National Weather Service United States Department of Commerce

Heavy Rain, Flooding Possible From Remnants of Tropical Storm Cindy

The remnants of Tropical Storm Cindy will spread heavy rain into the Tennessee and Ohio Valleys today - and into the Appalachians and Mid-Atlantic tonight. Flash flooding is possible in these areas. Strong to severe thunderstorms are also possible in these areas. Flash flooding is life threatening. Never drive your car across flooded roadways. Read More >

It will be mostly sunny and hot today. A few thunderstorms will be possible late this afternoon along and north of a Graham to Sulphur Springs line. Highs will be in the 90s to 102 degrees. The combination of the heat and humidity will make it feel like 100 to 110 degrees!
A Heat Advisory is in effect from Noon through 7 PM today for much of North and Central Texas. The heat and humidity will combine to make it feell like it is 105 to 110 degrees. Take extra precautions if working or spending time outdoors. Take extra precautions if you work or spend time outside. When possible...reschedule strenuous activities to early morning or evening. Know the signs and symptoms of heat exhaustion and heat stroke. Wear light weight and loose fitting clothing when possible and drink plenty of water. Check on persons with health problems and the elderly as they are the most susceptible to heat exhaustion and heat stroke.
Thunderstorm chances will increase across the region this evening. There will be low chances along the Red River late afternoon and chances will spread south to the I-20 corridor during the early evening and down toward Central Texas late evening. In addition to cloud to ground lightning, a few storms may become severe, producing wind gusts to 60 mph and hail up to 1 inch in diameter. Heavy rain may result in some localized flooding.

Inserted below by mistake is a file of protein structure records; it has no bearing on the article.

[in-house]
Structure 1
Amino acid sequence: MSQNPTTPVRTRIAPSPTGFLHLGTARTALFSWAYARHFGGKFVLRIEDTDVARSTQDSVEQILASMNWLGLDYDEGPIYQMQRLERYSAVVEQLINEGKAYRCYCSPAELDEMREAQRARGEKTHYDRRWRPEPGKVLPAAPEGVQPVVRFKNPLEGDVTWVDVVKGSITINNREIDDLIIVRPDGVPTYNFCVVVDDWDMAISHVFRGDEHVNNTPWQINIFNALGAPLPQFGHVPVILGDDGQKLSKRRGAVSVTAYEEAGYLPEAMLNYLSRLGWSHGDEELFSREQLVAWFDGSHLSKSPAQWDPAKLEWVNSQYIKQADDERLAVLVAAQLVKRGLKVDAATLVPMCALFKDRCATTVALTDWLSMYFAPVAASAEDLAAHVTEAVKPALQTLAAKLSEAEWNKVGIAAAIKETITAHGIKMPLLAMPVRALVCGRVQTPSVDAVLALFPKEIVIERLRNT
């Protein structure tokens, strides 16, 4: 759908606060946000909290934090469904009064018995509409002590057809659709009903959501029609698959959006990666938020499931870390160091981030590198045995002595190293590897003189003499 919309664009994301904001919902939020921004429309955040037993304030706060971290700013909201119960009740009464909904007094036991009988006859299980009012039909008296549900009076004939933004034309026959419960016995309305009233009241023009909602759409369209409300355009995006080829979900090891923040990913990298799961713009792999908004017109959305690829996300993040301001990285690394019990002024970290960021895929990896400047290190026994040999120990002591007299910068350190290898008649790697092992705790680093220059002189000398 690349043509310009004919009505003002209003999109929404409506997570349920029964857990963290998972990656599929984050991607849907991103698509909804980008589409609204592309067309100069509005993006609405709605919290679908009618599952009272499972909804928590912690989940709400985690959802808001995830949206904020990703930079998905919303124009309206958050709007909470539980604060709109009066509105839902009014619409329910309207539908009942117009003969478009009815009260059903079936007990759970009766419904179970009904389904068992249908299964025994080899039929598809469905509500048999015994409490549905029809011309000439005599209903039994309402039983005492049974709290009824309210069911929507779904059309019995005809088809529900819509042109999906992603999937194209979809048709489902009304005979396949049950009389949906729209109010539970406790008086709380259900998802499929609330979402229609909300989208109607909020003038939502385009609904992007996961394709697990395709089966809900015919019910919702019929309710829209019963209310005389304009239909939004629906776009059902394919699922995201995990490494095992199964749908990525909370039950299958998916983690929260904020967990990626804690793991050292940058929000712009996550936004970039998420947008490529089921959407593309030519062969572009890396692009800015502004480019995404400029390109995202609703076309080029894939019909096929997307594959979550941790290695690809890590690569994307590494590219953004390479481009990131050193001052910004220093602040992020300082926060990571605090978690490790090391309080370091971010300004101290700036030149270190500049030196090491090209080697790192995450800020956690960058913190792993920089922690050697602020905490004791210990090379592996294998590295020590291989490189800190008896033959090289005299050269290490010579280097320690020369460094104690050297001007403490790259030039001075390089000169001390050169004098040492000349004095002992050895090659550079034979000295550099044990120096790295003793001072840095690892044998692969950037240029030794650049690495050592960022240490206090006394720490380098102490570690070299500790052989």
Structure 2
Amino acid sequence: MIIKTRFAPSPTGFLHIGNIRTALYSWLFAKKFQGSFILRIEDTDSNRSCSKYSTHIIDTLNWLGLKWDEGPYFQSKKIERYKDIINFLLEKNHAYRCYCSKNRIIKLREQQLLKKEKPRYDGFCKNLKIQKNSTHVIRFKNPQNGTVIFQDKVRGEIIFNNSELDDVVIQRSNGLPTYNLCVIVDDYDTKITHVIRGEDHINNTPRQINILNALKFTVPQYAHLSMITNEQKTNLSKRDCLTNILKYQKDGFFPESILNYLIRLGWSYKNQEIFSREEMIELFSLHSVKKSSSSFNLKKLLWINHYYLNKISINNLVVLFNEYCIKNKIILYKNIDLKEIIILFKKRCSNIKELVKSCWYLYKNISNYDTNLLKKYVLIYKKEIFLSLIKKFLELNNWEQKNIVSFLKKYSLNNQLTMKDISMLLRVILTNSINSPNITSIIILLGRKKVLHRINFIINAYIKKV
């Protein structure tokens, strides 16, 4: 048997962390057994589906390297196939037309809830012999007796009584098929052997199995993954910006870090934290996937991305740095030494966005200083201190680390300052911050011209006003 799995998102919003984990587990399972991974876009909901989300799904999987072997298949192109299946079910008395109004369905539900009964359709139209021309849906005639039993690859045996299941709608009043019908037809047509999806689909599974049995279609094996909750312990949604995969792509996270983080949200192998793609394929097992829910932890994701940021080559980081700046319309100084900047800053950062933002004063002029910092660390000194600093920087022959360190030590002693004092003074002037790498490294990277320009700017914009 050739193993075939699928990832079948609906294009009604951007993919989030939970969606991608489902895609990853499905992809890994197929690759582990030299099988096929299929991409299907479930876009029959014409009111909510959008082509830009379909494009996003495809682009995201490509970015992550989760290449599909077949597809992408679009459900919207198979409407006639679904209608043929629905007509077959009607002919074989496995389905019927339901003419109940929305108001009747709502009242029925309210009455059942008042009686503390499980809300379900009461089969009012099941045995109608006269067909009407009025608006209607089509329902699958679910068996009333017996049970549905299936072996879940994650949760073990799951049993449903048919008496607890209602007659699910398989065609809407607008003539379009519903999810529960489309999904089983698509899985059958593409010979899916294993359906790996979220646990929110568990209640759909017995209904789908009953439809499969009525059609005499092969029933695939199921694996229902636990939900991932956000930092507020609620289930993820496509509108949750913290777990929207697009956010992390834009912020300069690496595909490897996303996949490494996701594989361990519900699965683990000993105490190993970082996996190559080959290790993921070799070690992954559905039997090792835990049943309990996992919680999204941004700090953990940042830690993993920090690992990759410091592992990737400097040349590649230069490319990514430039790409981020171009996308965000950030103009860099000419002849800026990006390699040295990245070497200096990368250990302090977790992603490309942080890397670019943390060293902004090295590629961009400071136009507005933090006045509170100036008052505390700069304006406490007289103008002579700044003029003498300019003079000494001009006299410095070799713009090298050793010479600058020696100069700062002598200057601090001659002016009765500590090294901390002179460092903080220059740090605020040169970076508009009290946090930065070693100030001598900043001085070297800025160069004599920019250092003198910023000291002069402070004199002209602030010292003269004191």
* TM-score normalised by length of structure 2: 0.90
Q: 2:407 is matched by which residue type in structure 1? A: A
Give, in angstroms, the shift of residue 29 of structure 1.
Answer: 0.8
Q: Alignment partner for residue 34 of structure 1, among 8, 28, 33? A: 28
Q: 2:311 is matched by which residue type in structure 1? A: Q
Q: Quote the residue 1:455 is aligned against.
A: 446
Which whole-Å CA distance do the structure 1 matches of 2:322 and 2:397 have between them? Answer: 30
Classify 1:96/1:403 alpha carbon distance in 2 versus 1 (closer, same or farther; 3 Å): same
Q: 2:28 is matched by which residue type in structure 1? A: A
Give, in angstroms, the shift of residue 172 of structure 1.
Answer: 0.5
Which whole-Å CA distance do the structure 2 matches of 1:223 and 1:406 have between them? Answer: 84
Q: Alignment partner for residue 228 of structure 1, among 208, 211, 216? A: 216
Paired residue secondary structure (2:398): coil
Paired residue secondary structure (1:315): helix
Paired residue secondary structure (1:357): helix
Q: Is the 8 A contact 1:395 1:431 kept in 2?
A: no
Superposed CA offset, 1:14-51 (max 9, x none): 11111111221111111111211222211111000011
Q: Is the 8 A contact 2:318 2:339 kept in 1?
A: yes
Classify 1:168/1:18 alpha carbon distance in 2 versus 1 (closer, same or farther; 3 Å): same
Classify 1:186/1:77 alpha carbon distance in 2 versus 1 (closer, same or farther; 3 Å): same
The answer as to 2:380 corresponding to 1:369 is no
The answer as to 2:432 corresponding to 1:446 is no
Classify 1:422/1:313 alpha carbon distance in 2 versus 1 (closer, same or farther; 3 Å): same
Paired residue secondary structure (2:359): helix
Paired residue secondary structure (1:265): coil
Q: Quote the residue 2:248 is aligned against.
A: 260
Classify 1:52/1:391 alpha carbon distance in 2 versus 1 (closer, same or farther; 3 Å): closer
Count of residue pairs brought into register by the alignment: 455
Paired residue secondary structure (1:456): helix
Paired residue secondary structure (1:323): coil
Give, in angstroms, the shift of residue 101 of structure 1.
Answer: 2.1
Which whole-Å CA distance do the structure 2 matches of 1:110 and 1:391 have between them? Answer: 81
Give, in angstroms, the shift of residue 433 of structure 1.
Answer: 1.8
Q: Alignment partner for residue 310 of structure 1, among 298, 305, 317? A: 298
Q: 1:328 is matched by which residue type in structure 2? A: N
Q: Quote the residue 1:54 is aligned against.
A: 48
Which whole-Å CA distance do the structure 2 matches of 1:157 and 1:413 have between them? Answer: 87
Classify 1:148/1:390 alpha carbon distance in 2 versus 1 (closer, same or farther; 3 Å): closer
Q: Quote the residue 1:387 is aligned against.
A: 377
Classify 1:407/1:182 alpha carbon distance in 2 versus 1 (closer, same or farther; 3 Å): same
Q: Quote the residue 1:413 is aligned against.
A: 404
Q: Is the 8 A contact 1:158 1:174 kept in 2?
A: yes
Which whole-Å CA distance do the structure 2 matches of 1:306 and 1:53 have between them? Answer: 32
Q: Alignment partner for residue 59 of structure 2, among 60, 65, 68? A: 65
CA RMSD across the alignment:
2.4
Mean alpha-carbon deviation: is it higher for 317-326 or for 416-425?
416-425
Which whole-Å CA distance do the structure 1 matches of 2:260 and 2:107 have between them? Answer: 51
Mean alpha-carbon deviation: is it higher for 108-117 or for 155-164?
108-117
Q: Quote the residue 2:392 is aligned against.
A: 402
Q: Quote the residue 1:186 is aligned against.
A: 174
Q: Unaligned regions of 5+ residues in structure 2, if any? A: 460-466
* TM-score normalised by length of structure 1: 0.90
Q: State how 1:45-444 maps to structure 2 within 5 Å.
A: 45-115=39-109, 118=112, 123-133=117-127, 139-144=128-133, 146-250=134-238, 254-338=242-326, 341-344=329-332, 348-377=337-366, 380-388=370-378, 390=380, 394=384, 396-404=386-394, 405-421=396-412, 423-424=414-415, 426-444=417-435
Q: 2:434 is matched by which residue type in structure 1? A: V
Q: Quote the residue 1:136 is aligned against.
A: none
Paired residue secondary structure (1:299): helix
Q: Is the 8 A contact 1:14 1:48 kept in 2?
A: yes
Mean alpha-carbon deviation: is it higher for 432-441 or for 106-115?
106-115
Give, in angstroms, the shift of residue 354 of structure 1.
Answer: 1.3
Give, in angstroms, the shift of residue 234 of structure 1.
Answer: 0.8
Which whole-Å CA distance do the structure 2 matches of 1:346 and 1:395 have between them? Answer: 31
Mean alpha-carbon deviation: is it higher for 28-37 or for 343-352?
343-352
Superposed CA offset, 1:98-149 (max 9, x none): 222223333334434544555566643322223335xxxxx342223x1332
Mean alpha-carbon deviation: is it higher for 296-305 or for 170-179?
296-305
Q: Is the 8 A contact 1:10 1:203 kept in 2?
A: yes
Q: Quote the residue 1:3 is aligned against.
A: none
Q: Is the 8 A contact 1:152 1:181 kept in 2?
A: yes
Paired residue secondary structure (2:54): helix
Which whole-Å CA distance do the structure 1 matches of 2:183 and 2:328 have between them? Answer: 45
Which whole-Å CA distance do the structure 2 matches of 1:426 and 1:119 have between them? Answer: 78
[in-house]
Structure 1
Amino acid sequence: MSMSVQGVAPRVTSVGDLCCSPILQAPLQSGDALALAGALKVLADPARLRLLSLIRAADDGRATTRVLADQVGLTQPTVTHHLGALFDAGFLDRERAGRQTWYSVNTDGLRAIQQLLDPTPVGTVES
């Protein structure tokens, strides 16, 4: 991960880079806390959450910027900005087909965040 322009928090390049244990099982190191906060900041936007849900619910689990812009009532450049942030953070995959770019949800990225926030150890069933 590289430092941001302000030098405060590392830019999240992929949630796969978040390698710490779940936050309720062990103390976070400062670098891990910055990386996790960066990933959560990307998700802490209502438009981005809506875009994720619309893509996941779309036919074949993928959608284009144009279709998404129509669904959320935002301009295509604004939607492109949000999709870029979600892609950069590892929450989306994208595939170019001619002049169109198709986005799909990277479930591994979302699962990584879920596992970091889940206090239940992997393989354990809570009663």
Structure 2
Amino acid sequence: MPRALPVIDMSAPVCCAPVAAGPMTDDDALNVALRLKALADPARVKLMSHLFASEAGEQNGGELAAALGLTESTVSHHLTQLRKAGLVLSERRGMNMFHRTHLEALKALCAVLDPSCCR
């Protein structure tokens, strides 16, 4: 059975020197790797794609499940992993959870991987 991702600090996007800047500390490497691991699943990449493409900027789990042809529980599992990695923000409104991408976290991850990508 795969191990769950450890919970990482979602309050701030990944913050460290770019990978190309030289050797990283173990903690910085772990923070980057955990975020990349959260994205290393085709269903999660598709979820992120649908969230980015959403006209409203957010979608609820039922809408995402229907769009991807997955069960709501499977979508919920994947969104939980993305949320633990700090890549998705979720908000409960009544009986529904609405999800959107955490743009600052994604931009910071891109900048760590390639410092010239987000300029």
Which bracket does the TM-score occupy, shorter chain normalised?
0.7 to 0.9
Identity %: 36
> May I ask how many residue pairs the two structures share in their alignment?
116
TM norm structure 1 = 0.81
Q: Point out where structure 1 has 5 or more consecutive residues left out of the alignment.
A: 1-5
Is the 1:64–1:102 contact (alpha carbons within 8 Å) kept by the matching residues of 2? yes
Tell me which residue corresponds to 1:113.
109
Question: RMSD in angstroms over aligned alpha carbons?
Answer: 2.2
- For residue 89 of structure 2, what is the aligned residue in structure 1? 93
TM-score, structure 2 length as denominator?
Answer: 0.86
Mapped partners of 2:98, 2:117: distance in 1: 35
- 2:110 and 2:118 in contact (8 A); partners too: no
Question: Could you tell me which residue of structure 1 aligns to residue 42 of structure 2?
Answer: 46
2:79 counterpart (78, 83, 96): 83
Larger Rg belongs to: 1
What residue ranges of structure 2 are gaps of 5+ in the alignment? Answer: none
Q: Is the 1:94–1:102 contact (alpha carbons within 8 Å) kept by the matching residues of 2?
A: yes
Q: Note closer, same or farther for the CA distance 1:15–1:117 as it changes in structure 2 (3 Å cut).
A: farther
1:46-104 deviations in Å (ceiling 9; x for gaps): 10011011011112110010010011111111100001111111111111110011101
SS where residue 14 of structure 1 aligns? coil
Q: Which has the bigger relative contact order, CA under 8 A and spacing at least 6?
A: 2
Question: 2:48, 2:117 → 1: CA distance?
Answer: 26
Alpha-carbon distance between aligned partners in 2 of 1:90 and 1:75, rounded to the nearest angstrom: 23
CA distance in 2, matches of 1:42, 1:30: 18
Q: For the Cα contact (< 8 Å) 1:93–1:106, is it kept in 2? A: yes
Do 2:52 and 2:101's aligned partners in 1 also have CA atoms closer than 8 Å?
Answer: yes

There will be a threat for showers and thunderstorms tonight and tomorrow across North and Central TX. The greatest rain/storm potential will be in the overnight to late-morning hours. Rain chances will lower Saturday afternoon for areas north of I-20. Showers and storms are expected to move south afternoon and evening. Widespread severe weather is NOT expected, but gusty winds, lightning and brief heavy rain will be possible.
Waco may reach 100 degrees for the first time this year today. Here are some interesting 100 degree day information for Waco. * The average first 100 degree day is July 4th. * The average last 100 degree day is August 29th. * The earliest occurrence of 100 degrees was March 28th, back in 1971. * The latest occurrence of 100 degrees was October 4th, back in 1983. * We average 24 days with highs of 100 degrees or higher.
Good news! Thanks to a summer cold front that will sweep through North and Central Texas later tonight, a break from the summer heat is expected the next couple of days. Temperatures will be below seasonal normals. Forecast high temperatures will stay mostly in the 80s Saturday through Tuesday, then, warming up to the 90s by the end of next week.

 
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April 3rd 2012 Severe Weather Outbreak


Summary of Events

Picture of EF-2 Tornado in Arlington as it moved over Highway 287
Arlington Tornado as it moved over Hwy 287 (Track 2)

There have been 17 confirmed tornadoes.  Click the links above for additional information and photos.

An upper level low and a cold front clashed with a very warm and very unstable air mass to produce numerous tornadoes and severe thunderstorms across much of North and Central Texas on Tuesday April 3rd, 2012. No lives were lost, but 30 people were injured.  A total of 55 Severe Thunderstorm Warnings and 18 Tornado Warnings were issued by the Fort Worth office of the National Weather Service between 7:32 am and 8:13 pm CDT.